1. Everyone’s right to life shall be protected by law. No one shall be deprived of his life intentionally save in the execution of a sentence of a court following his conviction of a crime for which this penalty is provided by law.
2. Deprivation of life shall not be regarded as inflicted in contravention of this article when it results from the use of force which is no more than absolutely necessary:
(a) in defence of any person from unlawful violence;
(b) in order to effect a lawful arrest or to prevent escape of a person lawfully detained;
(c) in action lawfully taken for the purpose of quelling a riot or insurrection.]
At that time, the concept of non-state actors being held culpable at Strasbourg (or through the work of Amnesty) had not got off the ground.
It has a little since and should – by use of the ingenuity we are familiar with in modern jurisprudence, be advanced a great deal more.
As I tell people, law is not about truth, justice or fair play. It is rare that any of these can actually be achieved in the elaboration of the legal system.
It seems to me that law is essentially about stability, about a system of civilisation that enables people who have nothing in common, or indeed conflicting interests, to accept living together – without resort to violence.
That measure is then normally reserved to the state. However we went through some forty years of war where peace was not the case. Law and human rights almost died.
There is also a costs imbalance which should be addressed, perhaps by this university. It makes unionist human rights case infrequent.
I have difficulties with what is called the equality agenda. I believe in equal opportunity. Also in diversity. When it comes to a conflict between human rights and equality, human rights should be allowed to trump equality. Not the other way round.
The balance is heading in the wrong direction, especially as the concept of equality is now inextricably the agenda of one party.
I turn now to the Bill of Rights which never materialised. Some will know I played a role in the Bill of Rights Forum, another talking shop that led nowhere.
On that occasion the UUP, DUP, and Alliance Parties were united in their rejection of the attempt, alongside that of the NIHRC, to bring about ‘An All Singing All Dancing’ Bill.
To set the record straight, there was no commitment to legislating any Bill of Rights in the Belfast Agreement nor indeed did the particular circumstances mentioned mean anything more than adding a few local aspects e.g. on parades – had a Bill come to pass
The agreement did provide for the NI Human Rights Commission (NIHRC) to give advice to the Secretary of State on:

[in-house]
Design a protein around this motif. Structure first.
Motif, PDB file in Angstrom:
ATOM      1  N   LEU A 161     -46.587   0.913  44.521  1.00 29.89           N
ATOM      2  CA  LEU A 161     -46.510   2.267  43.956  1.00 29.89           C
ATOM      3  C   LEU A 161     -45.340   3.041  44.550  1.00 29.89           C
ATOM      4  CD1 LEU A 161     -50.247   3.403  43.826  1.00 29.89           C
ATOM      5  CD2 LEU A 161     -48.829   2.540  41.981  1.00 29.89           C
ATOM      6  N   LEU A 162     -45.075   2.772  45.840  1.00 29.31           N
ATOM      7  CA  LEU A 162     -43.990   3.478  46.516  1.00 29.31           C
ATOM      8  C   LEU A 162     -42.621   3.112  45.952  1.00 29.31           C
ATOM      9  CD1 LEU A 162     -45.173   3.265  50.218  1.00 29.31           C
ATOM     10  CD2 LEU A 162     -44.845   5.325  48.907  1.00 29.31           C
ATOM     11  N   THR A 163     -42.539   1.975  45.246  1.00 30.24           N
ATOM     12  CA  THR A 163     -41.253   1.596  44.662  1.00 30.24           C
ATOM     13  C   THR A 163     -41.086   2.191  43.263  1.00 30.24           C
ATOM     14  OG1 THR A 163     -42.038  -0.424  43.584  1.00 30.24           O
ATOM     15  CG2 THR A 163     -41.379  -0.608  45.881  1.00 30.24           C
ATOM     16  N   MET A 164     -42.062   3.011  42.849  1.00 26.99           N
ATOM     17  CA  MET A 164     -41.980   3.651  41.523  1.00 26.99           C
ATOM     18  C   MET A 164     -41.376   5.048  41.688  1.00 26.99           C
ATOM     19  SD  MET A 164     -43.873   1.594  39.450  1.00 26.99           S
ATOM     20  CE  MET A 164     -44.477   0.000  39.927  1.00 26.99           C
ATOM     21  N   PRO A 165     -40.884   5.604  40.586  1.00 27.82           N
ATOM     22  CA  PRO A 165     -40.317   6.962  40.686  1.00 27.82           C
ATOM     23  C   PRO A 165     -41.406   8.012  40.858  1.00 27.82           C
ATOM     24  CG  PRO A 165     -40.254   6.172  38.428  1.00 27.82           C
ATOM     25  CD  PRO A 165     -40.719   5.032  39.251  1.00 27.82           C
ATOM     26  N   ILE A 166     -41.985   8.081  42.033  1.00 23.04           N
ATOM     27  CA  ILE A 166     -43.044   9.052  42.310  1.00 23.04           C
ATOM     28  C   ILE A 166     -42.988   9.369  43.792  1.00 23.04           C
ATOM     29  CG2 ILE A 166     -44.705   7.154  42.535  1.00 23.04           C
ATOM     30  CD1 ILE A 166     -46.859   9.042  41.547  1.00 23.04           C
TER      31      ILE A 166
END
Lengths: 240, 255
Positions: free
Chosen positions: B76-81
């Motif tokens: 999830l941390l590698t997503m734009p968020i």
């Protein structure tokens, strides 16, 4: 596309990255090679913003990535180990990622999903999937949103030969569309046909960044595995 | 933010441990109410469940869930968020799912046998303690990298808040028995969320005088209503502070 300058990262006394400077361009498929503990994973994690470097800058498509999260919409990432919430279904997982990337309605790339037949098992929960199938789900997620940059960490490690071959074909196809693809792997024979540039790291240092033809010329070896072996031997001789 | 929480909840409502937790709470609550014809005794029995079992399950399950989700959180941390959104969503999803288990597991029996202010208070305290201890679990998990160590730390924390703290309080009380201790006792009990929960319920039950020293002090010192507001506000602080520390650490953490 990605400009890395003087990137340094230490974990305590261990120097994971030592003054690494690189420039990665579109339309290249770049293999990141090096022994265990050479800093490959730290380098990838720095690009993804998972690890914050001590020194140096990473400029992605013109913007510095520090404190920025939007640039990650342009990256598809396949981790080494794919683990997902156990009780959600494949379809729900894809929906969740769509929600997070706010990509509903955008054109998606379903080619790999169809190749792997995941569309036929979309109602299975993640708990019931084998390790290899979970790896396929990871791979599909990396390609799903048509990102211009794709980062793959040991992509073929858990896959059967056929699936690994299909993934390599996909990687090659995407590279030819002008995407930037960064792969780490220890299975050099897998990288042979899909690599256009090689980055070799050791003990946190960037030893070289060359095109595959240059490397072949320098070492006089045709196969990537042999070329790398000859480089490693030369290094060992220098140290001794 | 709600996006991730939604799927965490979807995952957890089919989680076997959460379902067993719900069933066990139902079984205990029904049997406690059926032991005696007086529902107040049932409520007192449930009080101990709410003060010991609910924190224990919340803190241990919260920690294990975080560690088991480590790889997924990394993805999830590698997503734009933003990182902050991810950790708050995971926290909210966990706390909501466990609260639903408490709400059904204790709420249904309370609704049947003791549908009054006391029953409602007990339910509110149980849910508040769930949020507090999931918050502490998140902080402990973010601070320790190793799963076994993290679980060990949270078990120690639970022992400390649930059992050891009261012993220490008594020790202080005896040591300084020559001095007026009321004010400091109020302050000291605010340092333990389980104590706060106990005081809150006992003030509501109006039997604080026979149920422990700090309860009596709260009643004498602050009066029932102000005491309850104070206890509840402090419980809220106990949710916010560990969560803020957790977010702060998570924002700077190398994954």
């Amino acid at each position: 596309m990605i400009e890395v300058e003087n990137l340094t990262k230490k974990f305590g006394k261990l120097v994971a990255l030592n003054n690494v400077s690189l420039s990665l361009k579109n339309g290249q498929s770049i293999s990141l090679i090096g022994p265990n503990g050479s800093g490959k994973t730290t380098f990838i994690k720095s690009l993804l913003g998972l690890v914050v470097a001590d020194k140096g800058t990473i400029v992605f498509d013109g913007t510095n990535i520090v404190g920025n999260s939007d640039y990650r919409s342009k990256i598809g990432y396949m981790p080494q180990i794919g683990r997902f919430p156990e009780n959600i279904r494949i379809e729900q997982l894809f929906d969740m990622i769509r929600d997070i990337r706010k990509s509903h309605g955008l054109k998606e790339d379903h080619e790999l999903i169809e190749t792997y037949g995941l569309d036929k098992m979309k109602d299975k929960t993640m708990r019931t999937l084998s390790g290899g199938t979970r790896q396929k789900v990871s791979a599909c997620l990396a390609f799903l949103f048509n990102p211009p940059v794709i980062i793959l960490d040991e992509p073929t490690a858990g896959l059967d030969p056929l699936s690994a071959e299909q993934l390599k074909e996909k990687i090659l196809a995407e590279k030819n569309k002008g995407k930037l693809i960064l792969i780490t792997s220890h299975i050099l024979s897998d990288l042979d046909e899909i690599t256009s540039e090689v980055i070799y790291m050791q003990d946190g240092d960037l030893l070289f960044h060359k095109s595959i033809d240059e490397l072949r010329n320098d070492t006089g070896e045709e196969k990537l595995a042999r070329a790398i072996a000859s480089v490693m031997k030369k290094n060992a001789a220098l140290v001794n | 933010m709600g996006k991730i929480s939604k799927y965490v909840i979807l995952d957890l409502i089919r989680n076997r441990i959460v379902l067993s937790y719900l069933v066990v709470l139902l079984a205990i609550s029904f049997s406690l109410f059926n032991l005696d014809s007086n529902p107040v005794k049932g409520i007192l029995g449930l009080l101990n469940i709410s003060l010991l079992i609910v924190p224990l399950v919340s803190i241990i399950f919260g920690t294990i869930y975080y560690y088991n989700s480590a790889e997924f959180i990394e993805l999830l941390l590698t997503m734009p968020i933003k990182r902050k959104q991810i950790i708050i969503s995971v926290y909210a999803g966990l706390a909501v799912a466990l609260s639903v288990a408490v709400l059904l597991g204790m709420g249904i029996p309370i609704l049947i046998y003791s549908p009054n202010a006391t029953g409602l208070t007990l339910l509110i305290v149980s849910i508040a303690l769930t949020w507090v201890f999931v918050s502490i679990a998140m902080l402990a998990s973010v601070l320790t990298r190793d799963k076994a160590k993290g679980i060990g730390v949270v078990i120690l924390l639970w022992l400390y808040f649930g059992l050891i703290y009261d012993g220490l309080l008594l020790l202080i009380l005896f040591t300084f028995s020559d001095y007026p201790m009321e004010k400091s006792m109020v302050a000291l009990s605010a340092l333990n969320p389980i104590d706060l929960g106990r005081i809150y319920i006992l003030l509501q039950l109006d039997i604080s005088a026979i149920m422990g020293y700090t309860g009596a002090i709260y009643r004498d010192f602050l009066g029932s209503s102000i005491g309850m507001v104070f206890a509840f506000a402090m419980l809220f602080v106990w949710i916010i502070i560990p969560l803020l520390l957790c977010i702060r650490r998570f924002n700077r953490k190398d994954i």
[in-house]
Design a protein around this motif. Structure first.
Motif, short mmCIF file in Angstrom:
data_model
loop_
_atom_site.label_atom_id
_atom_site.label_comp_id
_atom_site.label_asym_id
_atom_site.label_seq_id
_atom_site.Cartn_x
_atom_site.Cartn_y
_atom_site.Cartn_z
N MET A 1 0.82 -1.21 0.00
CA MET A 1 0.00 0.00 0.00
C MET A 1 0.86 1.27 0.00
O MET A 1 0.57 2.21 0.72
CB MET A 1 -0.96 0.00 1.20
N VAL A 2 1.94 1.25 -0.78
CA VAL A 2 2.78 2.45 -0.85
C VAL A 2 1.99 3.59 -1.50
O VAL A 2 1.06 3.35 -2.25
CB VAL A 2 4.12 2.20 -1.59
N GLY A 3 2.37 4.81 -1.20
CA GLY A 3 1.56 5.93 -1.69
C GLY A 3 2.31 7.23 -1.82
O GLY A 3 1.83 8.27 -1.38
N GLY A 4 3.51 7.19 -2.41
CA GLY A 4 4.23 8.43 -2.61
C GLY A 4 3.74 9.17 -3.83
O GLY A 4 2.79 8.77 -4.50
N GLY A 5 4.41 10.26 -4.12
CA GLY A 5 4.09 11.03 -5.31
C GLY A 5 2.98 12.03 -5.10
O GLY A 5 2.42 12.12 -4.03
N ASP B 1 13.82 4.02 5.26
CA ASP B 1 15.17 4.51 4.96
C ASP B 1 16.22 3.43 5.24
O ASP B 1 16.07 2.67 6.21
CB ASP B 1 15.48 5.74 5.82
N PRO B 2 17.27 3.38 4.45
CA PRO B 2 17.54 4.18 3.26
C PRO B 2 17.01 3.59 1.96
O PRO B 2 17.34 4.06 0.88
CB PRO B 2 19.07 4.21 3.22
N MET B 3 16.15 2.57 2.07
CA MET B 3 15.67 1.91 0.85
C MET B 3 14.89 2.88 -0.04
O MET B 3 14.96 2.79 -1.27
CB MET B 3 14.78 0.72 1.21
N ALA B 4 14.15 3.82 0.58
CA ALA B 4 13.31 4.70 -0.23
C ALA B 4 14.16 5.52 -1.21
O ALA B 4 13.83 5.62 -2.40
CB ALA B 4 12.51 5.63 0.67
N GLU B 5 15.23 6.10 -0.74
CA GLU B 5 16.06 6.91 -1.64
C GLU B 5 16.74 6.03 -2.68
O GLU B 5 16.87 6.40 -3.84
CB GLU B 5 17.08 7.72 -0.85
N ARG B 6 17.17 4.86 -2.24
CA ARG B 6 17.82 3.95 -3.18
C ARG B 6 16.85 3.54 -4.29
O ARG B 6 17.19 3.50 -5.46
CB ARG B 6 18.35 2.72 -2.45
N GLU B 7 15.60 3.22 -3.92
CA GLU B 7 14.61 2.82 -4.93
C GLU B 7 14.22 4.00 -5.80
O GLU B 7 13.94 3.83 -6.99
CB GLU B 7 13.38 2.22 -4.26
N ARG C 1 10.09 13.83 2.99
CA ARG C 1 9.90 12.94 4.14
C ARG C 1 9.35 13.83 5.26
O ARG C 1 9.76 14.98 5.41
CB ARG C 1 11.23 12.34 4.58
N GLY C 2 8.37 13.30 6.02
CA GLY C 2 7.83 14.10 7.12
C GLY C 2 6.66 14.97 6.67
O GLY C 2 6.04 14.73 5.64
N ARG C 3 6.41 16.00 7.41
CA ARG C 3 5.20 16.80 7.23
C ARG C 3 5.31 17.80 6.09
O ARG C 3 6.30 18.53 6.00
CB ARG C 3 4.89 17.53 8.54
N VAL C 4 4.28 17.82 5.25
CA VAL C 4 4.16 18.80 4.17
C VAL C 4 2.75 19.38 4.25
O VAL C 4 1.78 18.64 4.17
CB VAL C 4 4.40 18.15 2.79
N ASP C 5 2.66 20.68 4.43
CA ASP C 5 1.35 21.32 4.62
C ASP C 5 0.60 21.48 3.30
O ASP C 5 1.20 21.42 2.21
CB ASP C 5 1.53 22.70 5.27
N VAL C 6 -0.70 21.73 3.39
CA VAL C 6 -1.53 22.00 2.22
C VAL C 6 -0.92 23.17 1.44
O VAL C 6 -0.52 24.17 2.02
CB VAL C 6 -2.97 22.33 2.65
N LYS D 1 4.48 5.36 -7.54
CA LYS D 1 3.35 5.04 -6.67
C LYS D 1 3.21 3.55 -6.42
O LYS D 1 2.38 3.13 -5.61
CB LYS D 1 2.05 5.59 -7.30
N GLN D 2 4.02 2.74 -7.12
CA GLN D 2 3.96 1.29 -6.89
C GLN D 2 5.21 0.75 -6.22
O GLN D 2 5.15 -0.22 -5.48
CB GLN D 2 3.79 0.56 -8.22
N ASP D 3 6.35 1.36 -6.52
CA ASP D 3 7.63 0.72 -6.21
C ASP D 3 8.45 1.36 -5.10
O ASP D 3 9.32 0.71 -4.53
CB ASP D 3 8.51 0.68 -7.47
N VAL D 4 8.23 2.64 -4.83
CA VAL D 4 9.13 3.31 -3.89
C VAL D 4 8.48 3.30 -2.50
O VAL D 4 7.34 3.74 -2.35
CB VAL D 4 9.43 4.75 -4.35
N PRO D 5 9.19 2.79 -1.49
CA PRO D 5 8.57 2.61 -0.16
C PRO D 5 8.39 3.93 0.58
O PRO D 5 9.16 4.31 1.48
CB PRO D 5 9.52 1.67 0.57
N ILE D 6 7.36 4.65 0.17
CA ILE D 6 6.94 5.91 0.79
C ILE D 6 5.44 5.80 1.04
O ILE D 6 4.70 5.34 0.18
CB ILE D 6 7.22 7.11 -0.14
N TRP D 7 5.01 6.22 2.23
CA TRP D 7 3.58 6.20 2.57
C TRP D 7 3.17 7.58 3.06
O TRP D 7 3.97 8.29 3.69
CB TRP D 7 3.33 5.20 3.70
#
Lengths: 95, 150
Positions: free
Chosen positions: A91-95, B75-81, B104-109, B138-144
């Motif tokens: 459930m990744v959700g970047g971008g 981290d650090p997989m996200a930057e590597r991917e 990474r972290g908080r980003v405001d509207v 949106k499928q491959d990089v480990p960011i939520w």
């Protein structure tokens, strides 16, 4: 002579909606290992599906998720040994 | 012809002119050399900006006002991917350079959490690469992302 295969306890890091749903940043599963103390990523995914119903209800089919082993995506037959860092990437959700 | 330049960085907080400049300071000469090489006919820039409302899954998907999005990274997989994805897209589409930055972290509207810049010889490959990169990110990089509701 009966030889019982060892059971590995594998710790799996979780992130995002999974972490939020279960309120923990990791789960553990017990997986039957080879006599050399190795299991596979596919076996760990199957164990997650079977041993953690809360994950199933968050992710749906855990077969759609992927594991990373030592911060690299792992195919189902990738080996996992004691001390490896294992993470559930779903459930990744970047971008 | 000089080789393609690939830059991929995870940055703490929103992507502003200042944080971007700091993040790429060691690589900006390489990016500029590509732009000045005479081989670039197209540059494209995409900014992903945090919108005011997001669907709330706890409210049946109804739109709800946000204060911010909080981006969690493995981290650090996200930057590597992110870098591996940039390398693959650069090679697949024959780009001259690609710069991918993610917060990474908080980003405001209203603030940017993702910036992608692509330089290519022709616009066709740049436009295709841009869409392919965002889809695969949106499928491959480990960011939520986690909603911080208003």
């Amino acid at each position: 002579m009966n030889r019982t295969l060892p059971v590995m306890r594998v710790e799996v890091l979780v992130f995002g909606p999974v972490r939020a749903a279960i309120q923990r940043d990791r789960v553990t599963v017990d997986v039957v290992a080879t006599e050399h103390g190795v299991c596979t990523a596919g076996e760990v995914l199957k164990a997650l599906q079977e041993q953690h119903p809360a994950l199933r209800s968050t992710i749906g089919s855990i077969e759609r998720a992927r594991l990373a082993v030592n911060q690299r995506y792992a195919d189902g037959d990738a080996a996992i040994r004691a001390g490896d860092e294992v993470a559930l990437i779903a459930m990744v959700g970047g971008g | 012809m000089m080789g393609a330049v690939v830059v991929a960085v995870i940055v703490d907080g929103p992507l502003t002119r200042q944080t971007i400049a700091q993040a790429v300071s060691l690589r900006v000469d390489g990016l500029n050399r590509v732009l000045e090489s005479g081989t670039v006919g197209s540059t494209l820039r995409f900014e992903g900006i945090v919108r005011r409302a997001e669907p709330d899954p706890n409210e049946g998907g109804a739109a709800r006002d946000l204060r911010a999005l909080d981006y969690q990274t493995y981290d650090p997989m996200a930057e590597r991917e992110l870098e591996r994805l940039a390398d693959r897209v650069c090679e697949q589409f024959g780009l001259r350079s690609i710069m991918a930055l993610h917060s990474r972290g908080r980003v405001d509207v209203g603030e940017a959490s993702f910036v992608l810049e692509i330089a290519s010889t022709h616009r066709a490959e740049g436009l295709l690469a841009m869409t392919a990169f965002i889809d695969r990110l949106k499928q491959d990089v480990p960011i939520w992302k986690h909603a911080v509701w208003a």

‘The scope for defining in Westminster legislation rights supplementing the ECHR reflecting the particular circumstances of Northern Ireland – and reflecting the principles of mutual respect and parity of esteem.’
But the commission took, in my view, a misguided and quite unduly expansionist view of this very specific brief.
Finally, it tendered the required advice and the advice was rejected by government. And that ended the matter.
Deceptively twisting the remit or pretending there was a promise to enact a Bill in the Good Friday Agreement only angers Unionists The European Convention remains in place as a hugely effective safeguard for us all.
NIHRC caused a fissure with the unionist community over this, and if the human rights community seeks further expansion as a result of Stormont House that will cause yet more resentment in the community.
Did unionist (or liberal voices dissenting from the prevailing NIHRC ideology) receive any, or any fair, participation in seminars and conferences?
The Bill of Rights issue exemplified the overplaying of a hand which helped bring rights into disrepute.
The NIHRC has been a disaster in its first three manifestations although the 4th seems an improvement, reverting to key 1960s matters where we were left out of reform.
Would that it now took up those issues that so frighten the Equality Commission and are a legacy of London pandering to the Catholic Church, which was always allowed a bye ball by the Northern Ireland Office.
For instance the teacher exception in our fair employment laws and the extension of the 1998 Northern Ireland Act’s Section 75 sexual orientation protection to schools.
Sinn Fein – you will recall – used the much-hated petition of concern to block the reform of the teacher exception law.
Unionists have been too polite and nervous of appearing sectarian to address them forcefully while abortion is the key issue for the next decade. Back to the 60s again.
My final point is that the unionist view seems never to receive academic articulation: Were there any ‘unionist’ human rights academic lawyers ready to challenge the expansionist views of, for instance, the NI Human Rights Commission?
Is it possible for someone outside of the current conventional wisdom to get a job at QUB or UU?
Could a unionist activist let alone a DUP member work in one of the law departments?
Don’t be silly, it is impossible. There is no chill factor in operation. It is a freeze factor.
There is a monoculture especially in legacy matters and a complete reversal of the previous situation where our law schools were timid and unadventurous.
In conclusion, one area where I would like to see you use your experience and knowledge is in relation to human rights in wartime.
We have now reached the position where the state and its agencies are incapable of using hard methods internally yet they and the military are given an almost free hand abroad.
Even with self-imposed restraints casualties and destruction abound.
That balance needs reset. It might mean fewer rights (and their enforcement) locally but a greater and necessary trammelling of military actions.
• Jeffrey Dudgeon is an Ulster Unionist councillor, who brought the case against the UK to the ECHR which resulted in the decriminalisation of homosexuality in Northern Ireland in 1982. The debate about human rights at Queen’s at which he spoke on December 11 was introduced by Professor Brice Dickson, former chief commissioner NIHRC. Also speaking was Declan Kearney MLA (Sinn Fein), Sophie Long (Green Party, formerly PUP)